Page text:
This post is an excerpt from Christine Hoover’s new book, Messy Beautiful Friendship: Finding and Nurturing Deep and Lasting Relationships, which explores the joys and complexities of friendship among Christian women. Find out more about Christine at www.gracecoversme.com.


 

 

When it comes to school dances, Footloose was no lie, except for the part when Kevin Bacon, who’s been practicing punching and kicking the air in an empty warehouse, shows up and everyone suddenly becomes fantastic dancers and instinctively knows the choreography. Middle school dances are perpetually the beginning of that final scene in Footloose, where the guys and girls are on separate sides, no one dares talk to the opposite gender, the music is lame, and absolutely no one knows how to dance so they just stand against the wall trying to look casually cool. Everyone’s waiting for someone else to make the first move.

 

Making friends and even deepening the ones we already have feels eerily similar to being an awkward middle schooler at a dance. We show up. We put our best foot forward. We want to be invited and chosen, because we want so badly to belong. We gravitate toward the huddle of people just like us. It all feels desperately awkward and clunky as we hang out against the wall, hoping for someone—anyone—to make the first move.

 

Really, we’re all just separated by an unwillingness to be uncomfortable. It’s too uncomfortable to cross the floor. It’s too uncomfortable to strike up a conversation with someone who appears as foreign as a middle school girl does to a middle school boy. It’s too uncomfortable to reveal our lurching dance moves when no one else is dancing under the glaring strobe lights.

 

I am one of the most awkward people I know. I’m actually quite shy, I’m hopeless at telling a good story or delivering the punch line well, and I tend to ask penetrating personal questions way too soon after meeting someone.

 

And I have realized I’m not the only one feeling awkward in relationships. Everyone is uncomfortable. And everyone wants to be loved. Which means that anyone who is willing to resist and push through the discomfort has an incredible opportunity to make friends.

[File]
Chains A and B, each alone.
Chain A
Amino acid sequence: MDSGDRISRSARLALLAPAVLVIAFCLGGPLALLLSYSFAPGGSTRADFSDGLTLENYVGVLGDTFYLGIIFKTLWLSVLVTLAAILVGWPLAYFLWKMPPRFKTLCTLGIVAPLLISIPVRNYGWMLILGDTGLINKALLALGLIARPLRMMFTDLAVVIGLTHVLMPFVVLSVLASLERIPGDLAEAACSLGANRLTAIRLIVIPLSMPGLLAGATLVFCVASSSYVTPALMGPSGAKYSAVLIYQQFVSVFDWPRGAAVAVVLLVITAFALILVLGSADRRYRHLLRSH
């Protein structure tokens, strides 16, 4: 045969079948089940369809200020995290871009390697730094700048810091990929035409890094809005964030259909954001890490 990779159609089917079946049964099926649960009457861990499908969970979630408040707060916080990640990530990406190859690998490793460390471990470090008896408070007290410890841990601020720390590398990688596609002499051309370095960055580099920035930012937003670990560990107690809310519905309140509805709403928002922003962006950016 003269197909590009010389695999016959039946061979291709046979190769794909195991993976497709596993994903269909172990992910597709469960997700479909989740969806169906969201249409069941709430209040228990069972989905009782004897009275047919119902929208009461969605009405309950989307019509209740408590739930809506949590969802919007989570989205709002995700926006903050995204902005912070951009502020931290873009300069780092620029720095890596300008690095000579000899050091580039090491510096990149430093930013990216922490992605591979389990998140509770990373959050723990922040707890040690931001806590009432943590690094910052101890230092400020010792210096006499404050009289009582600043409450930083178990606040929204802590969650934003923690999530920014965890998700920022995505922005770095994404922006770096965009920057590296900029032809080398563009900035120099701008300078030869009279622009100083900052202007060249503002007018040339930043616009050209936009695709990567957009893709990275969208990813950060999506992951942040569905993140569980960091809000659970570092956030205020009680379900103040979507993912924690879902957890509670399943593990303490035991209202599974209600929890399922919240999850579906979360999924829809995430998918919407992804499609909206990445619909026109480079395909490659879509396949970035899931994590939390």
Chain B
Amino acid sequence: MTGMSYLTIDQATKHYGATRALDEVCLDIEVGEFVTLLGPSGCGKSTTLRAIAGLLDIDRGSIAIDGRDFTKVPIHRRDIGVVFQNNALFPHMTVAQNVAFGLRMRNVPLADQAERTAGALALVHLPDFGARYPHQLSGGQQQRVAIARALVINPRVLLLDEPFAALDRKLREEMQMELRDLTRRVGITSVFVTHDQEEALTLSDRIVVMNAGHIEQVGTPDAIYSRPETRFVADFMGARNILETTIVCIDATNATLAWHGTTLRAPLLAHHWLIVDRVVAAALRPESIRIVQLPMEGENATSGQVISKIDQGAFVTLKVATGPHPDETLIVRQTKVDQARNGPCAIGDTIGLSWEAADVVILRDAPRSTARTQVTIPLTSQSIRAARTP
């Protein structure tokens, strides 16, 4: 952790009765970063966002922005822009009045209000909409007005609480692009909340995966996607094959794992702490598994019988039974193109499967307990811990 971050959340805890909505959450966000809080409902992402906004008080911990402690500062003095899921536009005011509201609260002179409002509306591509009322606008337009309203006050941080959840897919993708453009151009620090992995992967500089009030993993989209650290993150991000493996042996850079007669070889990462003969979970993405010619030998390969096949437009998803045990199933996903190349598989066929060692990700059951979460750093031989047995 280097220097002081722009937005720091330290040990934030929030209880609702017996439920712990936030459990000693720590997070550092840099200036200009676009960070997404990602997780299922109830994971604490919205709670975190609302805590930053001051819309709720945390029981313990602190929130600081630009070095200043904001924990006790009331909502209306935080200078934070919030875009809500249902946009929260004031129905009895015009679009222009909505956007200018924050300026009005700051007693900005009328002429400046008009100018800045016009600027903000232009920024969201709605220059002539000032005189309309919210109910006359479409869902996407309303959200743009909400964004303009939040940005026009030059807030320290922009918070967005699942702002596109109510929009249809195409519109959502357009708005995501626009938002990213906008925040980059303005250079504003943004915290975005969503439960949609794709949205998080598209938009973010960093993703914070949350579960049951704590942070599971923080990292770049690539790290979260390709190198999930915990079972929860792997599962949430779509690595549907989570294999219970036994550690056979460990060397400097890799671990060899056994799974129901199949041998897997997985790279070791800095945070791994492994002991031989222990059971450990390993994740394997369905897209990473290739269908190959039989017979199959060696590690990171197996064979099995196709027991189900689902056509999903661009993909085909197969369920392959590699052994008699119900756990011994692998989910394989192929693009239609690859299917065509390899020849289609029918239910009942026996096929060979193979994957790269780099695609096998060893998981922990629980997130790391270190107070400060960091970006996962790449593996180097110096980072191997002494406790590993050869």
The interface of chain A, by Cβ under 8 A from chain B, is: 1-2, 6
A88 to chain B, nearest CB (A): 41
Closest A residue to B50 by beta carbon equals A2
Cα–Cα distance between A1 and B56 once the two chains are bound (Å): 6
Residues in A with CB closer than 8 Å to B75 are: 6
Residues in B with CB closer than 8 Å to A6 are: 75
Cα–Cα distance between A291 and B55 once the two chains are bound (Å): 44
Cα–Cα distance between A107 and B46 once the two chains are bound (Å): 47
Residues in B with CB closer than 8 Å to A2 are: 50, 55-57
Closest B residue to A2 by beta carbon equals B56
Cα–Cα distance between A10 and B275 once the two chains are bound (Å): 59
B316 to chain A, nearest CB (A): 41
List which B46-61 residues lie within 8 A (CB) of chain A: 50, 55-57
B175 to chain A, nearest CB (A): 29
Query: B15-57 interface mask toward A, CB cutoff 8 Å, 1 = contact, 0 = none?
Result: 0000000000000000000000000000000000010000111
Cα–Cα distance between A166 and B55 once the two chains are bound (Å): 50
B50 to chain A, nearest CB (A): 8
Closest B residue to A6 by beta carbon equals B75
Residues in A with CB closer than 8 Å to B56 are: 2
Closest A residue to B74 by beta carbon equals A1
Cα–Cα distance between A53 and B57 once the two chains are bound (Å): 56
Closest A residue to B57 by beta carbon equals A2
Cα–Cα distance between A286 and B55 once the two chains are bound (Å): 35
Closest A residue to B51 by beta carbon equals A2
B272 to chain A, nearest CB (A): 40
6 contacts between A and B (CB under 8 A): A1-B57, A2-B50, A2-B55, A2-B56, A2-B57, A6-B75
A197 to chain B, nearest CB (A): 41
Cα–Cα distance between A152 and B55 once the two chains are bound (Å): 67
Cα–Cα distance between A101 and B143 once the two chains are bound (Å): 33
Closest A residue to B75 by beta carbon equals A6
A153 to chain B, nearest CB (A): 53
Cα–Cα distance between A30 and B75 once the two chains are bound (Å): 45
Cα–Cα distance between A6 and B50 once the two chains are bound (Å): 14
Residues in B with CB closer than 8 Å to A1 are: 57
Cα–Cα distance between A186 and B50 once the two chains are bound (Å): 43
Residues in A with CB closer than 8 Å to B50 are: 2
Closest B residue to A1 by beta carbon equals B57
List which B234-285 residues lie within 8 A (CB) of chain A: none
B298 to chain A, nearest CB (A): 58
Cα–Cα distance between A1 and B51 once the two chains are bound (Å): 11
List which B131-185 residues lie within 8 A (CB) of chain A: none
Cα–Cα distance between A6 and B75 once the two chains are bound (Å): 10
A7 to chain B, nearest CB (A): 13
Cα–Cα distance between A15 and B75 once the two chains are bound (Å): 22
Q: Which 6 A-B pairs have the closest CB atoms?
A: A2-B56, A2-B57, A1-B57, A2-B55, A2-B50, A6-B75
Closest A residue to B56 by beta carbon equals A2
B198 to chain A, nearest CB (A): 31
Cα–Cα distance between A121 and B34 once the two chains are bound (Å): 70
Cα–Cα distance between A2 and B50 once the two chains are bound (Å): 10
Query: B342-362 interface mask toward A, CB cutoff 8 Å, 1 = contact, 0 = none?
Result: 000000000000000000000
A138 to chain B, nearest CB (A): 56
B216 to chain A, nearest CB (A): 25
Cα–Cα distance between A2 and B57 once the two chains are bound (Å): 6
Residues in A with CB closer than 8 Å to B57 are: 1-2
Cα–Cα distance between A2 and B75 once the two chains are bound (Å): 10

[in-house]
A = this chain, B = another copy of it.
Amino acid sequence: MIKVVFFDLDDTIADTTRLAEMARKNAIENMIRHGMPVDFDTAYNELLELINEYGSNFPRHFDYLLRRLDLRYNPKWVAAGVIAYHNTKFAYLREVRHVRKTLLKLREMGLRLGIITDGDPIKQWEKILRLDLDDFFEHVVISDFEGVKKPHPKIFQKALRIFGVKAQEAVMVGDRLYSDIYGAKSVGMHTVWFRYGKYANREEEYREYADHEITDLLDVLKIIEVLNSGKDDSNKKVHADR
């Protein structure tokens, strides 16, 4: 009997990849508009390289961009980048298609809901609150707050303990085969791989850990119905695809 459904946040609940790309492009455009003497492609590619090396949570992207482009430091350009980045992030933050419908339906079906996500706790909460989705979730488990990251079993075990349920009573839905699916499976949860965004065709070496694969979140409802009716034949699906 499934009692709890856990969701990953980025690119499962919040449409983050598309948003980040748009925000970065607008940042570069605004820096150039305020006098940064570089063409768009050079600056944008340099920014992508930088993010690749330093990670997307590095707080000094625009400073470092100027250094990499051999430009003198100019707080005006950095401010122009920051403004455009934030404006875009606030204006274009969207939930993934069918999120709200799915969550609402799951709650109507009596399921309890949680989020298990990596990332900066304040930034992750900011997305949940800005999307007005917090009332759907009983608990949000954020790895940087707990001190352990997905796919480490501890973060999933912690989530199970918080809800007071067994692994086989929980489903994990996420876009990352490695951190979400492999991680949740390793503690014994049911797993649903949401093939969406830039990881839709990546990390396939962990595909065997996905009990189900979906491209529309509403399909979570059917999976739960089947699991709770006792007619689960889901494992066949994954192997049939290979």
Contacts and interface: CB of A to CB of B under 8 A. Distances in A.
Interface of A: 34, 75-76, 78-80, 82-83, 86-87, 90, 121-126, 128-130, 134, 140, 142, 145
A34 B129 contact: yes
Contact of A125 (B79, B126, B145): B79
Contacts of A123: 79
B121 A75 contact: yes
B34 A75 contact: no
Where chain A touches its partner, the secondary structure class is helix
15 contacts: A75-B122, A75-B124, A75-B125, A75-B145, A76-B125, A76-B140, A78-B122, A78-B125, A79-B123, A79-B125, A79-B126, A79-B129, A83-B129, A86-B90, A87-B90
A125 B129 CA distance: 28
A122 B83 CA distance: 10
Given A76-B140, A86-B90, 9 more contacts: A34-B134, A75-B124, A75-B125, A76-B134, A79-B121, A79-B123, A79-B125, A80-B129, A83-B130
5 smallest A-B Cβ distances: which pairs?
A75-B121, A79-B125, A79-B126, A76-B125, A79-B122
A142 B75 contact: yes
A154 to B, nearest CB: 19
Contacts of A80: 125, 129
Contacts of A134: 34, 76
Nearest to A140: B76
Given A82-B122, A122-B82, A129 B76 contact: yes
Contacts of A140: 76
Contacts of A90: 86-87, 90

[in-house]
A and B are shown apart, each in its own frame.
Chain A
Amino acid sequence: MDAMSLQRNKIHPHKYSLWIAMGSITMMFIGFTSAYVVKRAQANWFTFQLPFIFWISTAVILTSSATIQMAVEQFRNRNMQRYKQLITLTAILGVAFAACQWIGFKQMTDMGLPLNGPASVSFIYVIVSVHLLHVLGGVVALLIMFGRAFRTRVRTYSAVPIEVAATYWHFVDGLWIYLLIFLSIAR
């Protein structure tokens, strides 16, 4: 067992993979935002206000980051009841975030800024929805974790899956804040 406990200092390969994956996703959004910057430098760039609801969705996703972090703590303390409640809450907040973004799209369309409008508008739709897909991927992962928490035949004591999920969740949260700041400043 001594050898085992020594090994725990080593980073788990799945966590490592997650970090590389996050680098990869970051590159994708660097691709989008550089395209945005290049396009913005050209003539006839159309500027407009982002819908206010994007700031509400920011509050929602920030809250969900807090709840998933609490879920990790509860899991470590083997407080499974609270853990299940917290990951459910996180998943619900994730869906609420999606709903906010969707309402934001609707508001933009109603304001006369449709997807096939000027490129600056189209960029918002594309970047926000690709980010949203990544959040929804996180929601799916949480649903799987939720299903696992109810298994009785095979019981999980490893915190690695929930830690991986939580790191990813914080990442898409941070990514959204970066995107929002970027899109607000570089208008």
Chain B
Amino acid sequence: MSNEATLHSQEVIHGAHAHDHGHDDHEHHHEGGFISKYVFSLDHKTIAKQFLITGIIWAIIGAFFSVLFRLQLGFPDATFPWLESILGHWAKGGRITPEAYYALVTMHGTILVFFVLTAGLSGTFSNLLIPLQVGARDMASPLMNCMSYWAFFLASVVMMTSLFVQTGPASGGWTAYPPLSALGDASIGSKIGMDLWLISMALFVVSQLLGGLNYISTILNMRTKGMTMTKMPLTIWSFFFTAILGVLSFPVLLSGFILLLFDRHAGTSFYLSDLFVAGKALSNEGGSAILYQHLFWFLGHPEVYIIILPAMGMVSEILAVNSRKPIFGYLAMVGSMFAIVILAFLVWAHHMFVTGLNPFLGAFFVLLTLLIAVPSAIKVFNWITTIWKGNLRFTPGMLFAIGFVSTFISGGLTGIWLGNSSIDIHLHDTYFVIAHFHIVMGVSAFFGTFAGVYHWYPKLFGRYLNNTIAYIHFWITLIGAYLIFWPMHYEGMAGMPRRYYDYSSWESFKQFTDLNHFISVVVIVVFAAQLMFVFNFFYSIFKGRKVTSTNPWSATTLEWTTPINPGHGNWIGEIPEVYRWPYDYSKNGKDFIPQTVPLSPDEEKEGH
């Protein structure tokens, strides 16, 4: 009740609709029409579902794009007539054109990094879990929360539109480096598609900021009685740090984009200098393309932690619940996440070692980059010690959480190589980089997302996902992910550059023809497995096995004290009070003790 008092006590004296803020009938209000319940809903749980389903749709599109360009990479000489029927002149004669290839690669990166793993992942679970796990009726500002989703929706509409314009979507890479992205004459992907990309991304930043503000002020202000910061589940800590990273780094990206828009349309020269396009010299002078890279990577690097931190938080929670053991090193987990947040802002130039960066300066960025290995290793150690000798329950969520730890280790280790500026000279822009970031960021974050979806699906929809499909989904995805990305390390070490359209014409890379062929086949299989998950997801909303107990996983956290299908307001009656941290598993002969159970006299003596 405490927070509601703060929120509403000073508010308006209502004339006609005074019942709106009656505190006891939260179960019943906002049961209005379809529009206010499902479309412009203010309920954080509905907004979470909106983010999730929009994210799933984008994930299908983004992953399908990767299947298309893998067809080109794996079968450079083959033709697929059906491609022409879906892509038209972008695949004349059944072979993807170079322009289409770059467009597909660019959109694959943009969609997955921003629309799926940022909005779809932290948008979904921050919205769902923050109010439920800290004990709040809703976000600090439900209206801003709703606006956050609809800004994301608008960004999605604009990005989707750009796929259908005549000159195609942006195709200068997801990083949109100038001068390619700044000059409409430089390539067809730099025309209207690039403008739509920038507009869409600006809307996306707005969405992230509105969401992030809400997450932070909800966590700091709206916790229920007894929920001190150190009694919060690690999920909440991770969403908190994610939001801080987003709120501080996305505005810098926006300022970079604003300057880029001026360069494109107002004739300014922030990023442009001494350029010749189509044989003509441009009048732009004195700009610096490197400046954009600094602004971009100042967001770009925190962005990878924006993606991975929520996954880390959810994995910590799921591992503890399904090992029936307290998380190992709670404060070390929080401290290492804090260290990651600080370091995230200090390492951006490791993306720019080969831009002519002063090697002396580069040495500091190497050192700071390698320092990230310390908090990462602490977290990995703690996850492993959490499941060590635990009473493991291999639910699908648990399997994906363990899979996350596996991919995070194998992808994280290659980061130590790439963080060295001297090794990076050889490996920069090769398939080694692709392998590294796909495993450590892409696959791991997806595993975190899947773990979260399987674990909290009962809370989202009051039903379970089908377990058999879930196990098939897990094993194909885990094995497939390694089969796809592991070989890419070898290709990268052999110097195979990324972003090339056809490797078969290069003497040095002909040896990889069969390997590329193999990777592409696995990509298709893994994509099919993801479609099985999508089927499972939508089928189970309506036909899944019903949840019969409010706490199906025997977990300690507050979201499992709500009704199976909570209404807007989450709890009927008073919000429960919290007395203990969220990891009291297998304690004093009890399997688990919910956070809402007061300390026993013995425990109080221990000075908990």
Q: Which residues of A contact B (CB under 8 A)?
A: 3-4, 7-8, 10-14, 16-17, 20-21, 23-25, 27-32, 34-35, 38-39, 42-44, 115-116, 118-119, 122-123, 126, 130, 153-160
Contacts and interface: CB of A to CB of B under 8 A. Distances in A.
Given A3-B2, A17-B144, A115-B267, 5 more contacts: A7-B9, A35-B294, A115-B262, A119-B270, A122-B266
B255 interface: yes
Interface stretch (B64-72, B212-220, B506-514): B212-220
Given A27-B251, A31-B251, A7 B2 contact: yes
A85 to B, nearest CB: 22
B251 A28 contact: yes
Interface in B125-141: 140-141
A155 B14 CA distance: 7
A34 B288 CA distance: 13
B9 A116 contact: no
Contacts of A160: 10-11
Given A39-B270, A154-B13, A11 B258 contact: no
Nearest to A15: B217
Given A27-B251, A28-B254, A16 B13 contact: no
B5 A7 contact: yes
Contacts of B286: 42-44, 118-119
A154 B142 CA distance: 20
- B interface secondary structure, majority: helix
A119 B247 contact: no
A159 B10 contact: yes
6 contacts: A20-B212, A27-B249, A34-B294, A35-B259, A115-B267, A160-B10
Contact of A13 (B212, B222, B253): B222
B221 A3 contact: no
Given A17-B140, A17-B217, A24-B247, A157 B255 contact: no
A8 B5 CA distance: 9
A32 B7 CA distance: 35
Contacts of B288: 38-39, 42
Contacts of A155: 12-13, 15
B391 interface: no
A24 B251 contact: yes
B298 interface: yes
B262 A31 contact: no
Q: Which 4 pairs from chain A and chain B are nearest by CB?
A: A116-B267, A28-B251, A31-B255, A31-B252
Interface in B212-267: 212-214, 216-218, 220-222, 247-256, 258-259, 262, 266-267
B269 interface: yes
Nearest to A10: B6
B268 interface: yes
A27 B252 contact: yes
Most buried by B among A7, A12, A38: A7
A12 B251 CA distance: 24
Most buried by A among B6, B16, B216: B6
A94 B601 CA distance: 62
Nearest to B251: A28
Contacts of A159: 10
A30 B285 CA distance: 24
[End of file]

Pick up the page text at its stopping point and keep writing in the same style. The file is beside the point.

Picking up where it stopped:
I learned this through church planting, because when you start a church in a city where you don’t know a soul, and when you have a three-year financial deadline to form a self-sustaining church that has actual people, you figure out how to push through awkwardness and meet people pretty quickly. I was crossing dance floors right and left—chatting up moms at the park, inviting strangers into my home, joining the PTO, and interacting with anyone who so much as glanced in my direction. Little ol’ shy, nerdy me. And guess what? People responded. They chatted back, they accepted my invitations, they were happy to have me volunteer. People are waiting for someone to care.

 

Sometimes, if you want to know the truth, it was awkward. They’d ask why we’d moved to town and I’d tell them about the church that we were starting in our living room–and they’d get quiet and stare off into the distance, unsure what to make of me and silently willing me to go away.

 

I learned to just keep at it, because I had started connecting with women and getting to know them and, wouldn’t you know, actually making friends. Making these connections had little to do with my personality or my marital status or the ages of my children. It had everything to do with my newfound willingness to push through my own discomfort and initiate with others over and over and over again.

We are women who long for community and to live lives of purpose, but just like anything else that is good and beautiful and worth having, these things don’t come just because we want them. The secret to discovering friends is to be a person who is willing to bust in like Kevin Bacon, ignore the gasps and the silence, see a person who wants to be known and loved underneath the casual cool, and move toward them. In other words, be someone who isn’t afraid to take the first step, look a little silly, and possibly be rejected or misunderstood. Someone who isn’t afraid to push through the awkward.

 

In order to be a friend and have friends, we have to get over ourselves and just go for it. Invite an acquaintance to coffee. Visit a small group in your church even though you won’t know anyone and give it time and effort before you decide whether it’s working or not. Ask an older woman whom you admire to get together. Start a book club in your neighborhood even though it’s possible no one will show up. Serve alongside others. Ask penetrating questions to turn the conversation onto spiritual things. Confess sin to someone you consider a friend. Host a game night and invite people you want to get to know. Say yes to an invitation from a co-worker even though you’ve never spent time together outside of work. Basically, do things that make you feel uncomfortable but will possibly invite deeper friendship.

 

Of course, it’s true that we may push through the awkward and then things will be, well, awkward. The person may not respond how we hoped she would. She may not get why we’re doing what we’re doing. Our expectations and hopes for friendship may take a little tumble. We may have to do the work of getting ourselves back up and dusting ourselves off.

 

But it’s also true that we may push through the awkward and experience all sorts of incredible things, like a freeing dependence on the Lord and a new or deepening friendship.

 

We simply can’t know unless we go for it.

 

Just like Kevin Bacon.

 


This book releases on April 18th, but if you preorder, you get all sorts of fun goodies, plus the book is almost 1/2 off right now!! Get your copy here.